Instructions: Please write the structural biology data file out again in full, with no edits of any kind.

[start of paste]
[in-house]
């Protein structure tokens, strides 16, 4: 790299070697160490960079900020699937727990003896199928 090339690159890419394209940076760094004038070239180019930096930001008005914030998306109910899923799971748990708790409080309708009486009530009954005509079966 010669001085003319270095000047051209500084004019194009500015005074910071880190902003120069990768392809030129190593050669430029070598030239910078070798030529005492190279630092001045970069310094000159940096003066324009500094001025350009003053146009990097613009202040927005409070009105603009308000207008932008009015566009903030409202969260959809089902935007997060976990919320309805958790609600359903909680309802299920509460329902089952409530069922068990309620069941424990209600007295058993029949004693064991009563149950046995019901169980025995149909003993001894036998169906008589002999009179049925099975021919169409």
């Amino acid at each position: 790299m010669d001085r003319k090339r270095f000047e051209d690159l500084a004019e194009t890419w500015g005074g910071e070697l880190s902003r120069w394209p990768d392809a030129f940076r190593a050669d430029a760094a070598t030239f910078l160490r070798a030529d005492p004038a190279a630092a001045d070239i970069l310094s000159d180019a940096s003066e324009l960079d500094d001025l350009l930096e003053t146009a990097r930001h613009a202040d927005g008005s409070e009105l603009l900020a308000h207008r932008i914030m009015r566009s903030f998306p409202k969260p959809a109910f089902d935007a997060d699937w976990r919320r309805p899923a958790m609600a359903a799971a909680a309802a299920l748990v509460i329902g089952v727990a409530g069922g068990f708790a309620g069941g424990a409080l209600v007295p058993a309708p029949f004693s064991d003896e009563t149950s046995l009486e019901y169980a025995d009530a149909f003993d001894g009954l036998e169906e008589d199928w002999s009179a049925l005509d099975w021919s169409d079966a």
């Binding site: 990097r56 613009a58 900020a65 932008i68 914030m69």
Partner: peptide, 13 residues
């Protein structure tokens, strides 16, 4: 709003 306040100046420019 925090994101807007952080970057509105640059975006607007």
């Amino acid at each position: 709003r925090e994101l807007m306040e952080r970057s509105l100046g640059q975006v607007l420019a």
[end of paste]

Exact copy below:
[in-house]
């Protein structure tokens, strides 16, 4: 790299070697160490960079900020699937727990003896199928 090339690159890419394209940076760094004038070239180019930096930001008005914030998306109910899923799971748990708790409080309708009486009530009954005509079966 010669001085003319270095000047051209500084004019194009500015005074910071880190902003120069990768392809030129190593050669430029070598030239910078070798030529005492190279630092001045970069310094000159940096003066324009500094001025350009003053146009990097613009202040927005409070009105603009308000207008932008009015566009903030409202969260959809089902935007997060976990919320309805958790609600359903909680309802299920509460329902089952409530069922068990309620069941424990209600007295058993029949004693064991009563149950046995019901169980025995149909003993001894036998169906008589002999009179049925099975021919169409």
């Amino acid at each position: 790299m010669d001085r003319k090339r270095f000047e051209d690159l500084a004019e194009t890419w500015g005074g910071e070697l880190s902003r120069w394209p990768d392809a030129f940076r190593a050669d430029a760094a070598t030239f910078l160490r070798a030529d005492p004038a190279a630092a001045d070239i970069l310094s000159d180019a940096s003066e324009l960079d500094d001025l350009l930096e003053t146009a990097r930001h613009a202040d927005g008005s409070e009105l603009l900020a308000h207008r932008i914030m009015r566009s903030f998306p409202k969260p959809a109910f089902d935007a997060d699937w976990r919320r309805p899923a958790m609600a359903a799971a909680a309802a299920l748990v509460i329902g089952v727990a409530g069922g068990f708790a309620g069941g424990a409080l209600v007295p058993a309708p029949f004693s064991d003896e009563t149950s046995l009486e019901y169980a025995d009530a149909f003993d001894g009954l036998e169906e008589d199928w002999s009179a049925l005509d099975w021919s169409d079966a």
């Binding site: 990097r56 613009a58 900020a65 932008i68 914030m69």
Partner: peptide, 13 residues
């Protein structure tokens, strides 16, 4: 709003 306040100046420019 925090994101807007952080970057509105640059975006607007």
């Amino acid at each position: 709003r925090e994101l807007m306040e952080r970057s509105l100046g640059q975006v607007l420019a």